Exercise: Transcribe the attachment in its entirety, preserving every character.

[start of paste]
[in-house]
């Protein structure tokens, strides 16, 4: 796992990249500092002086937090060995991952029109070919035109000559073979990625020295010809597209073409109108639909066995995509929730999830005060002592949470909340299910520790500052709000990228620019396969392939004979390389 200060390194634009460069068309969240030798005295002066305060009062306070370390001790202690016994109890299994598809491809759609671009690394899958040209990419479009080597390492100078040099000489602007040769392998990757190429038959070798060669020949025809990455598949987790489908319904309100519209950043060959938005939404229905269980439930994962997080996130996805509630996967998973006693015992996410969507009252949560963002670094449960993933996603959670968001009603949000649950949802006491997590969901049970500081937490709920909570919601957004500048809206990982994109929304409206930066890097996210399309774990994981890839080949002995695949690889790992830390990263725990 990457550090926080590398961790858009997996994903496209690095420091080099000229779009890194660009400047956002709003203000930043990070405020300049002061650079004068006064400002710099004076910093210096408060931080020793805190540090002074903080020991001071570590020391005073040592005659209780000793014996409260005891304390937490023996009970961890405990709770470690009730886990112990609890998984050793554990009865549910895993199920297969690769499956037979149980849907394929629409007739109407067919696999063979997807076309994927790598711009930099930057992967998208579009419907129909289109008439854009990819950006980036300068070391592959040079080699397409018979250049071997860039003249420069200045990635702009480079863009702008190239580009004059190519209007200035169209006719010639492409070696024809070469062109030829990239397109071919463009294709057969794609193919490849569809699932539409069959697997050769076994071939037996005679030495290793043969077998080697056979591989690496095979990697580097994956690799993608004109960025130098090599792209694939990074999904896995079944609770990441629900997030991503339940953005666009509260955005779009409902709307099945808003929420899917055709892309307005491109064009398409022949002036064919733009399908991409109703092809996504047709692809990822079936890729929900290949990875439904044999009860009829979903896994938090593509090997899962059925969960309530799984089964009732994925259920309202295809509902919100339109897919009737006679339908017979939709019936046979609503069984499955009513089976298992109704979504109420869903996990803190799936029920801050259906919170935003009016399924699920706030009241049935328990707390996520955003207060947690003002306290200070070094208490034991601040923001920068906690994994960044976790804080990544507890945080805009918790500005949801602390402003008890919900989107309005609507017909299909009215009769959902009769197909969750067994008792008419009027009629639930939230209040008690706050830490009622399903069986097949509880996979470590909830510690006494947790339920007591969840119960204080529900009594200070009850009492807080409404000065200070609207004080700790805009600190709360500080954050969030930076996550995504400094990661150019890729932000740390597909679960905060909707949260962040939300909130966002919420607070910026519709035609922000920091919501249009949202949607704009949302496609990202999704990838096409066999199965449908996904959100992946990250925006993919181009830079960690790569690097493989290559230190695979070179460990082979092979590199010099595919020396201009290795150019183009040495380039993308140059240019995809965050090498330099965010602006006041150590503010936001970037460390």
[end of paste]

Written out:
[in-house]
């Protein structure tokens, strides 16, 4: 796992990249500092002086937090060995991952029109070919035109000559073979990625020295010809597209073409109108639909066995995509929730999830005060002592949470909340299910520790500052709000990228620019396969392939004979390389 200060390194634009460069068309969240030798005295002066305060009062306070370390001790202690016994109890299994598809491809759609671009690394899958040209990419479009080597390492100078040099000489602007040769392998990757190429038959070798060669020949025809990455598949987790489908319904309100519209950043060959938005939404229905269980439930994962997080996130996805509630996967998973006693015992996410969507009252949560963002670094449960993933996603959670968001009603949000649950949802006491997590969901049970500081937490709920909570919601957004500048809206990982994109929304409206930066890097996210399309774990994981890839080949002995695949690889790992830390990263725990 990457550090926080590398961790858009997996994903496209690095420091080099000229779009890194660009400047956002709003203000930043990070405020300049002061650079004068006064400002710099004076910093210096408060931080020793805190540090002074903080020991001071570590020391005073040592005659209780000793014996409260005891304390937490023996009970961890405990709770470690009730886990112990609890998984050793554990009865549910895993199920297969690769499956037979149980849907394929629409007739109407067919696999063979997807076309994927790598711009930099930057992967998208579009419907129909289109008439854009990819950006980036300068070391592959040079080699397409018979250049071997860039003249420069200045990635702009480079863009702008190239580009004059190519209007200035169209006719010639492409070696024809070469062109030829990239397109071919463009294709057969794609193919490849569809699932539409069959697997050769076994071939037996005679030495290793043969077998080697056979591989690496095979990697580097994956690799993608004109960025130098090599792209694939990074999904896995079944609770990441629900997030991503339940953005666009509260955005779009409902709307099945808003929420899917055709892309307005491109064009398409022949002036064919733009399908991409109703092809996504047709692809990822079936890729929900290949990875439904044999009860009829979903896994938090593509090997899962059925969960309530799984089964009732994925259920309202295809509902919100339109897919009737006679339908017979939709019936046979609503069984499955009513089976298992109704979504109420869903996990803190799936029920801050259906919170935003009016399924699920706030009241049935328990707390996520955003207060947690003002306290200070070094208490034991601040923001920068906690994994960044976790804080990544507890945080805009918790500005949801602390402003008890919900989107309005609507017909299909009215009769959902009769197909969750067994008792008419009027009629639930939230209040008690706050830490009622399903069986097949509880996979470590909830510690006494947790339920007591969840119960204080529900009594200070009850009492807080409404000065200070609207004080700790805009600190709360500080954050969030930076996550995504400094990661150019890729932000740390597909679960905060909707949260962040939300909130966002919420607070910026519709035609922000920091919501249009949202949607704009949302496609990202999704990838096409066999199965449908996904959100992946990250925006993919181009830079960690790569690097493989290559230190695979070179460990082979092979590199010099595919020396201009290795150019183009040495380039993308140059240019995809965050090498330099965010602006006041150590503010936001970037460390």